Late last week, Ars Technica found out that Apple's official policy towards the rise of infections with MAC Defender was to simply ignore its existence by not even telling customers when the trojan was found. This 'don't ask, don't tell'-policy rightfully netted the company a lot of criticism, especially since it left users vulnerable who could've been protected by actually informing them of the threat. In a move best described as better late than never, the company has now done exactly that.
"A recent phishing scam has targeted Mac users by redirecting them from legitimate websites to fake websites which tell them that their computer is infected with a virus. The user is then offered Mac Defender 'anti-virus' software to solve the issue," the support document reads, "This 'anti-virus' software is malware (i.e. malicious software). Its ultimate goal is to get the user's credit card information which may be used for fraudulent purposes."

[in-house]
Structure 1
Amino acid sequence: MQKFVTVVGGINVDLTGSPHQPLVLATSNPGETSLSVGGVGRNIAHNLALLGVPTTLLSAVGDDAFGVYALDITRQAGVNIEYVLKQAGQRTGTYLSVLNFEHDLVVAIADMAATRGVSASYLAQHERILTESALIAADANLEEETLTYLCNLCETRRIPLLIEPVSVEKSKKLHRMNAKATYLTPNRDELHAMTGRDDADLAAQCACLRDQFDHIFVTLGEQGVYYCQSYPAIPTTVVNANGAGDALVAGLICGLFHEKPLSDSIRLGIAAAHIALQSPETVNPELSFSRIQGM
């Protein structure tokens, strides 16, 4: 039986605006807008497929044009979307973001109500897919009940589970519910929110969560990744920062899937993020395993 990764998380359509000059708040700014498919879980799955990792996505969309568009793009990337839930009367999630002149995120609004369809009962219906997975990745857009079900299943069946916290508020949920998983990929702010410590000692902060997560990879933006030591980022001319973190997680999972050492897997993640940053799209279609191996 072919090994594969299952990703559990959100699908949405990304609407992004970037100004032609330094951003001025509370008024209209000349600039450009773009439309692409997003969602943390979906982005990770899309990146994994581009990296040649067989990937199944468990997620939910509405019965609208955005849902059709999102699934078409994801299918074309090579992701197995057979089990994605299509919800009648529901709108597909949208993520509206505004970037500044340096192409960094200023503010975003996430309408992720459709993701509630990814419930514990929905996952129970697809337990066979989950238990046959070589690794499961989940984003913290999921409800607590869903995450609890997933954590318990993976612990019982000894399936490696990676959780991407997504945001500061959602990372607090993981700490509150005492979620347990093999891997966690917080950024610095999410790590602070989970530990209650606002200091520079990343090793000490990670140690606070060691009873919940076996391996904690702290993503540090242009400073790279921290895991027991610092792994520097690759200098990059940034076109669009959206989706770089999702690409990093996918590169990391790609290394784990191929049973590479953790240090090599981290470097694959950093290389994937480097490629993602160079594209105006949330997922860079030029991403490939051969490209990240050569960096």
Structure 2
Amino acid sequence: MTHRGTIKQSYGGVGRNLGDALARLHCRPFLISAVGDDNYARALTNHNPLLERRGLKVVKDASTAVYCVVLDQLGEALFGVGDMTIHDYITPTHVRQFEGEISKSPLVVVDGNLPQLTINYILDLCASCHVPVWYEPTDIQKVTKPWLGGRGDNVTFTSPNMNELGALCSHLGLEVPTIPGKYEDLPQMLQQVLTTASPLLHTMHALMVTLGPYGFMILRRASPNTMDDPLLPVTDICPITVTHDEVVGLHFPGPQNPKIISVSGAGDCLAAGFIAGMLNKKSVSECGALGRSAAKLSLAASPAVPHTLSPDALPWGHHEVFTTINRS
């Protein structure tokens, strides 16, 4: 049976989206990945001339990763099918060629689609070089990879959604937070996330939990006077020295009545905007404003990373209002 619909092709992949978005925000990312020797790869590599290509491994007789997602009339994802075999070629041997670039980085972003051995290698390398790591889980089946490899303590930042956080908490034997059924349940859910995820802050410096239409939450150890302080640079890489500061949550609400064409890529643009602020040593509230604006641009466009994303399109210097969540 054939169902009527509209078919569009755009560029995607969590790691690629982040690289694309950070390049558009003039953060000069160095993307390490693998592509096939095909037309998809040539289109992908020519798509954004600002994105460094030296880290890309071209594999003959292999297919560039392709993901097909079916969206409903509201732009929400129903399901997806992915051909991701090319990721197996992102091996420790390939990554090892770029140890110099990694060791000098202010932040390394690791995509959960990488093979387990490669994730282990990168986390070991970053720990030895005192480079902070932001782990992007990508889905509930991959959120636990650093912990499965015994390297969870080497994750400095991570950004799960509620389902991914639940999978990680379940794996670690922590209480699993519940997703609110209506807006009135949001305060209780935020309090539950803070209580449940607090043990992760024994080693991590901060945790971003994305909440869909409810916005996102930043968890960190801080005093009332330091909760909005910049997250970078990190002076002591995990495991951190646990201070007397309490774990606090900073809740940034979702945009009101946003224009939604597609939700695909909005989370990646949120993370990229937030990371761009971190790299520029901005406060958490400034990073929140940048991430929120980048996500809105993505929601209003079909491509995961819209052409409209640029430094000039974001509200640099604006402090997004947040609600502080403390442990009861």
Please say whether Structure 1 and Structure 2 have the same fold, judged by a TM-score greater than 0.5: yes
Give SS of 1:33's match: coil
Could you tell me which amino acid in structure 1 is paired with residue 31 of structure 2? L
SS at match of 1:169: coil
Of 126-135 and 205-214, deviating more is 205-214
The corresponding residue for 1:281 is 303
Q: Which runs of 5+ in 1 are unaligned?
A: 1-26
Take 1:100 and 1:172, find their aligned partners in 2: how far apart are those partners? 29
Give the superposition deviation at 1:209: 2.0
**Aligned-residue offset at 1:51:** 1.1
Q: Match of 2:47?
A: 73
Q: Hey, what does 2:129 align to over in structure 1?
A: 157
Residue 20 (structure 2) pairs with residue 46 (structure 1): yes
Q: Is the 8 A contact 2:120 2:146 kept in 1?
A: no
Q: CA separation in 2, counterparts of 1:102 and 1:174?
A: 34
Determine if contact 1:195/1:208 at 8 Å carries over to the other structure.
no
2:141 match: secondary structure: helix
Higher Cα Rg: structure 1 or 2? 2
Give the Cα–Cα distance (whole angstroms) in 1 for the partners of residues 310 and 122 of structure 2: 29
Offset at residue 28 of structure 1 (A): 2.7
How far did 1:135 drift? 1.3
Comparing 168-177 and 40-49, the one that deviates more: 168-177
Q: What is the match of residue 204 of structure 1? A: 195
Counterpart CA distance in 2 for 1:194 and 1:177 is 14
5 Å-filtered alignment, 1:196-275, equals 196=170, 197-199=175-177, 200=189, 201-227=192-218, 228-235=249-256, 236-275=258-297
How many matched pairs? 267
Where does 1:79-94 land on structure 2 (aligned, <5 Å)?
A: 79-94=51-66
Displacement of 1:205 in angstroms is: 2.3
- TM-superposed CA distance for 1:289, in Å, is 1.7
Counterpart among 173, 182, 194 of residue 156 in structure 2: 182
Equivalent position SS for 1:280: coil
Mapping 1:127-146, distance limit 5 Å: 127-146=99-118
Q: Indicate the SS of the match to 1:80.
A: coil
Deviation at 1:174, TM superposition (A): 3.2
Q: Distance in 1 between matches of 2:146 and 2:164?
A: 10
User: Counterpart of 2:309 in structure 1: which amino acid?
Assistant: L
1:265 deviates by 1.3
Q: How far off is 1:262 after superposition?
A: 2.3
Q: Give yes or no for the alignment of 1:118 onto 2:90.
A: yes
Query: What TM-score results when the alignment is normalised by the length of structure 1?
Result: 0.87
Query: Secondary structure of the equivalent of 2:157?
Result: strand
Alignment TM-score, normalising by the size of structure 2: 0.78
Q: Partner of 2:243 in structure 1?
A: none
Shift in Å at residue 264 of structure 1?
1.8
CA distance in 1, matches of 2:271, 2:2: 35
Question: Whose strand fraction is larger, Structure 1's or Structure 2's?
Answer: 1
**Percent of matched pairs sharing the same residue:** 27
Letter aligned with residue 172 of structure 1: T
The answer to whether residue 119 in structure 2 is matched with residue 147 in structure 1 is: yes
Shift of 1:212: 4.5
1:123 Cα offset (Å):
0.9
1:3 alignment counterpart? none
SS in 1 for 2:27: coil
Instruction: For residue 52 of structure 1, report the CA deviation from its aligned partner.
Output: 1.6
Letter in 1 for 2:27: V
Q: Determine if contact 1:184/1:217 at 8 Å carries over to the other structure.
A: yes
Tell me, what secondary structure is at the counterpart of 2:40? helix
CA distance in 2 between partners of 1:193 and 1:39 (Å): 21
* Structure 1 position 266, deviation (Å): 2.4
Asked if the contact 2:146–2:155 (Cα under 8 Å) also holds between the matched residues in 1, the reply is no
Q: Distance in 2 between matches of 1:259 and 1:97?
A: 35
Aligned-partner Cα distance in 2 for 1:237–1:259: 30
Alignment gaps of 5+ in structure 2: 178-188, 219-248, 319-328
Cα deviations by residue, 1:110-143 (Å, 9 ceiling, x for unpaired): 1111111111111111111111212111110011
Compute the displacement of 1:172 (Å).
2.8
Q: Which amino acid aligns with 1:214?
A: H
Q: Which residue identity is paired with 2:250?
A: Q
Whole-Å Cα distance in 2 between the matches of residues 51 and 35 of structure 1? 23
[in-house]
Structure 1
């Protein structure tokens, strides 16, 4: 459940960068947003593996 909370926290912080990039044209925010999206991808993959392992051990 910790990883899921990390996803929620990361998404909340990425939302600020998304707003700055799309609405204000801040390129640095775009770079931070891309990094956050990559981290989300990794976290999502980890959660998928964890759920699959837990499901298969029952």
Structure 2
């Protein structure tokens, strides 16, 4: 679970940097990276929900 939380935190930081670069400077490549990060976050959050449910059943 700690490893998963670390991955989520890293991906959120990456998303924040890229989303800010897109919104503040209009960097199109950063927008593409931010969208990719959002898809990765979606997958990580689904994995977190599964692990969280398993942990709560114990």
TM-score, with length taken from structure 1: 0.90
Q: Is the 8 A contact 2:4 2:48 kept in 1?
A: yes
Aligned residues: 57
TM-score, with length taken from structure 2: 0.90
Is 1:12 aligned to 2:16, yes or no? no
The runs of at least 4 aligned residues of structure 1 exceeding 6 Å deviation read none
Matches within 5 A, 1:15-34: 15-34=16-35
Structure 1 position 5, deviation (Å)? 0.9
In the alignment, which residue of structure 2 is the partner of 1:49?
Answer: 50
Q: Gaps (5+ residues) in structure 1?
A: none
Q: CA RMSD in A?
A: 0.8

Apple offers removal instructions for MAC Defender, which basically come down to quitting the trojan's service through Activity Monitor, removing it from
~/Applications, and deleting it from your startup applications. PRetty straightforward for us nerds, but I'd say us nerds probably wouldn't get infected in the first place.
Apple also announced that it will release an update for Mac OS X to block the trojan from working in the first place. "In the coming days, Apple will deliver a Mac OS X software update that will automatically find and remove Mac Defender malware and its known variants," the company sates, "The update will also help protect users by providing an explicit warning if they download this malware."
Well, a good response, but more information from the get-go would've been nice. Some call this 'decisive action', but I'd say that when it comes to security, having a policy not to inform your users for weeks on end while they are getting infected is not exactly what I would call 'decisive'.
But hey, what do I know.